When it comes to getting a rental, if it sounds too good to be true, it might be.
Salmon Arm RCMP recently received multiple complaints involving people who were reportedly scammed out of hundreds of dollars in e-transfer payments after falling victim to an online rental scam involving a property nestled in the Shuswap.
In the most recent case, the victim made two e-transfer payments totaling nearly $2,000 in order to secure the basement suite said to be situated in a home on 18 Street SE in Salmon Arm, BC. The victim traveled to Salmon Arm, set to take possession of his new rental when he was advised no such rental suite existed.
Investigators have determined that additional individuals looking to relocate from the Lower Mainland District (LMD) and northern BC have also been victimized by the same fraudster.
A woman from the LMD posted an online ad seeking a rental in Salmon Arm, when the suspect replied, claiming to have a suite for rent. In this particular case, the victim not only paid $1,000 to secure the rental, but shared personal information along with photocopies of personal identification. The victim became suspicious when the scammer began to ask the woman to purchase Bitcoin and gift cards for him.
This type of scam is not new and can happen on any online platform or website. In some cases, scammers will pull photos from legitimate listings or properties for sale and present them as their own. Typically, they will have a reason as to why they are unable to show the property in person. In each of these cases, the fraudster claimed to be residing in Ontario.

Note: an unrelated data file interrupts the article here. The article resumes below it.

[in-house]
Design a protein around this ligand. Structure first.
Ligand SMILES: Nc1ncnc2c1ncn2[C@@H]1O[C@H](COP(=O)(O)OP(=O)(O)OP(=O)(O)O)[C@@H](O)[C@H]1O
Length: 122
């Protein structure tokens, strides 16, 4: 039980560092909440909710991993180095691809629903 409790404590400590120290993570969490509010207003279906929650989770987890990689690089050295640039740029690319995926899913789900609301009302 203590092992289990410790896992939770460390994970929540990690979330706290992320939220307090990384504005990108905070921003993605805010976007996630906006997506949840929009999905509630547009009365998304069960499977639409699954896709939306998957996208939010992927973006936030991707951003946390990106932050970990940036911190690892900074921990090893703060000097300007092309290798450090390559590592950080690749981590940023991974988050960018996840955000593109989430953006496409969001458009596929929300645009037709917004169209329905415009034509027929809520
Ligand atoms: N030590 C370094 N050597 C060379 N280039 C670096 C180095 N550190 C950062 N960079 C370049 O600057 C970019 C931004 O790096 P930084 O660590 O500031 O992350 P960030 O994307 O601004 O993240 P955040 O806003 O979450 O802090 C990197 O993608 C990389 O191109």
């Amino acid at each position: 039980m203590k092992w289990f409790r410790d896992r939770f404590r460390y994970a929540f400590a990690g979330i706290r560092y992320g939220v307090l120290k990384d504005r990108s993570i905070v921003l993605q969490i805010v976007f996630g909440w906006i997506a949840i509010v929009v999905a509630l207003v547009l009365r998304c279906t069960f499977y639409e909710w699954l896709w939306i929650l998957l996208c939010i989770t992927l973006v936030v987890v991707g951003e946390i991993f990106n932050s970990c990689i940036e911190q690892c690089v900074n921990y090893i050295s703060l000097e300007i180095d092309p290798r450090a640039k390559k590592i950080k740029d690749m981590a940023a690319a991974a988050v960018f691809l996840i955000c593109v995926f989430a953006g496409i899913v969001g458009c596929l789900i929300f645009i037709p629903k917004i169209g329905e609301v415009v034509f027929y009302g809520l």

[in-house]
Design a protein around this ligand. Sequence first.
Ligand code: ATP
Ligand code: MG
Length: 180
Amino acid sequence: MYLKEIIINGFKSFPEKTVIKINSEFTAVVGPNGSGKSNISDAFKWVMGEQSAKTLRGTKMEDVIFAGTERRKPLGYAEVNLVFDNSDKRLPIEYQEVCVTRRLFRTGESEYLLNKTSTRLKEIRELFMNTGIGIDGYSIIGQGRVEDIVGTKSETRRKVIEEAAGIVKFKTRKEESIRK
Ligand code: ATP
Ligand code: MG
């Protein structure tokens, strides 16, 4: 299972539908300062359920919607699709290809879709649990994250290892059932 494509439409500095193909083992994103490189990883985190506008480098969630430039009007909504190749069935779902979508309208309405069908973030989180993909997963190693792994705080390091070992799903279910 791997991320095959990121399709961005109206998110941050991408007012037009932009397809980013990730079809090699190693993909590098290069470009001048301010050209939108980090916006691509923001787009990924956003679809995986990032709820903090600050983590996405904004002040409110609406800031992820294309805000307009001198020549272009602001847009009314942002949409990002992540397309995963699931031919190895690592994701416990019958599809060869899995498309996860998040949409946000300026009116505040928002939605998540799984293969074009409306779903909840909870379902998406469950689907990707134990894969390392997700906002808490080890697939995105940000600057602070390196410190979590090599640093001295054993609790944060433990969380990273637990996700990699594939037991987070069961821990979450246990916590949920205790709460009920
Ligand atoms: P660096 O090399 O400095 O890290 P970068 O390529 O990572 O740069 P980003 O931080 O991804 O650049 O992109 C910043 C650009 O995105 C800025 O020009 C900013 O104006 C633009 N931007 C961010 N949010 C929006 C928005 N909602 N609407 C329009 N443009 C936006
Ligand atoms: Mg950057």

With fewer and fewer rentals available, it can be easy to be taken advantage of, especially if you’re moving to a community by yourself and are unable to personally visit the property in person, said Cpl. Jesse O’Donaghey, spokesperson for the RCMP Southeast District in a press release.
It might not always be easy, but always make sure that you or someone you trust visits a property first before any funds change hands. Also, take added steps to confirm the person renting the property is its actual owner or representative. Taking the time to talk to neighbours in the area or a building’s caretaker can save you a whole lot of precious time and money in the end.
The RCMP added several tips for people who are looking for rentals to avoid being scammed.
The first tips are to arrange for the renter or someone they trust to visit the property in person before exchanging money and to talk to others in the area to confirm who owns the property. Also, ask to see previous utility bills as another way of verifying the landlord’s identity.
Also advised is conducting an online search of any photos of the rental or the address to see if it has been associated with scams in the past, and ensuring a proper rental agreement is provided and signed by both parties.
Finally, the RCMP recommends paying for a rental in a method other than cash or e-transfers, such as by cheque or bank draft.
If you have been scammed of money or have provided personal information to a potential fraudster, please report the incident to your local RCMP or police of jurisdiction and contact the Canadian Anti-Fraud Centre at 1-888-495-8501.
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